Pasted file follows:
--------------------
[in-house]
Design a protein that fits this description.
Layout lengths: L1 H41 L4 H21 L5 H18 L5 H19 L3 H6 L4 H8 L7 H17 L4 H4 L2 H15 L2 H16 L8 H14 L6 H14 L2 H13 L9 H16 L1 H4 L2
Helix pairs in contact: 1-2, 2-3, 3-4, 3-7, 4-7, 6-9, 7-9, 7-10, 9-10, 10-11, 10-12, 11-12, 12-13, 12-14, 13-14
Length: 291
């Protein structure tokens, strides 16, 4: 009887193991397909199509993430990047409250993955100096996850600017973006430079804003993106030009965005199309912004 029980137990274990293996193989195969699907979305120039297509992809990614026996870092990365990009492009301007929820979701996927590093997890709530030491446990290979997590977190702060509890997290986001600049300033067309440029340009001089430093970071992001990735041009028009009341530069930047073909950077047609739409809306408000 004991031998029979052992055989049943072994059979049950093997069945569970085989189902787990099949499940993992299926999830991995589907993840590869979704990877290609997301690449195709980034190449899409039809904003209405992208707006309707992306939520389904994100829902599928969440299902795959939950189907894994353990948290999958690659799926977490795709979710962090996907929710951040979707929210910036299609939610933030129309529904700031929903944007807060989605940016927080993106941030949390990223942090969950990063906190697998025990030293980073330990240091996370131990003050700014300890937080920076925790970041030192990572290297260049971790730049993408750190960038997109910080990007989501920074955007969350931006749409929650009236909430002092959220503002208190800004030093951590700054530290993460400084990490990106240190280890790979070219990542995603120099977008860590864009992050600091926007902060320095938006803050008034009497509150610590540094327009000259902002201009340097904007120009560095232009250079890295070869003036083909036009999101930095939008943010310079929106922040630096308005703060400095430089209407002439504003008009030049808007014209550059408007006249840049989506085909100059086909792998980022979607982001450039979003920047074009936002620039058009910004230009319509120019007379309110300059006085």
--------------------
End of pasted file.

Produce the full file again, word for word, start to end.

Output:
[in-house]
Design a protein that fits this description.
Layout lengths: L1 H41 L4 H21 L5 H18 L5 H19 L3 H6 L4 H8 L7 H17 L4 H4 L2 H15 L2 H16 L8 H14 L6 H14 L2 H13 L9 H16 L1 H4 L2
Helix pairs in contact: 1-2, 2-3, 3-4, 3-7, 4-7, 6-9, 7-9, 7-10, 9-10, 10-11, 10-12, 11-12, 12-13, 12-14, 13-14
Length: 291
């Protein structure tokens, strides 16, 4: 009887193991397909199509993430990047409250993955100096996850600017973006430079804003993106030009965005199309912004 029980137990274990293996193989195969699907979305120039297509992809990614026996870092990365990009492009301007929820979701996927590093997890709530030491446990290979997590977190702060509890997290986001600049300033067309440029340009001089430093970071992001990735041009028009009341530069930047073909950077047609739409809306408000 004991031998029979052992055989049943072994059979049950093997069945569970085989189902787990099949499940993992299926999830991995589907993840590869979704990877290609997301690449195709980034190449899409039809904003209405992208707006309707992306939520389904994100829902599928969440299902795959939950189907894994353990948290999958690659799926977490795709979710962090996907929710951040979707929210910036299609939610933030129309529904700031929903944007807060989605940016927080993106941030949390990223942090969950990063906190697998025990030293980073330990240091996370131990003050700014300890937080920076925790970041030192990572290297260049971790730049993408750190960038997109910080990007989501920074955007969350931006749409929650009236909430002092959220503002208190800004030093951590700054530290993460400084990490990106240190280890790979070219990542995603120099977008860590864009992050600091926007902060320095938006803050008034009497509150610590540094327009000259902002201009340097904007120009560095232009250079890295070869003036083909036009999101930095939008943010310079929106922040630096308005703060400095430089209407002439504003008009030049808007014209550059408007006249840049989506085909100059086909792998980022979607982001450039979003920047074009936002620039058009910004230009319509120019007379309110300059006085």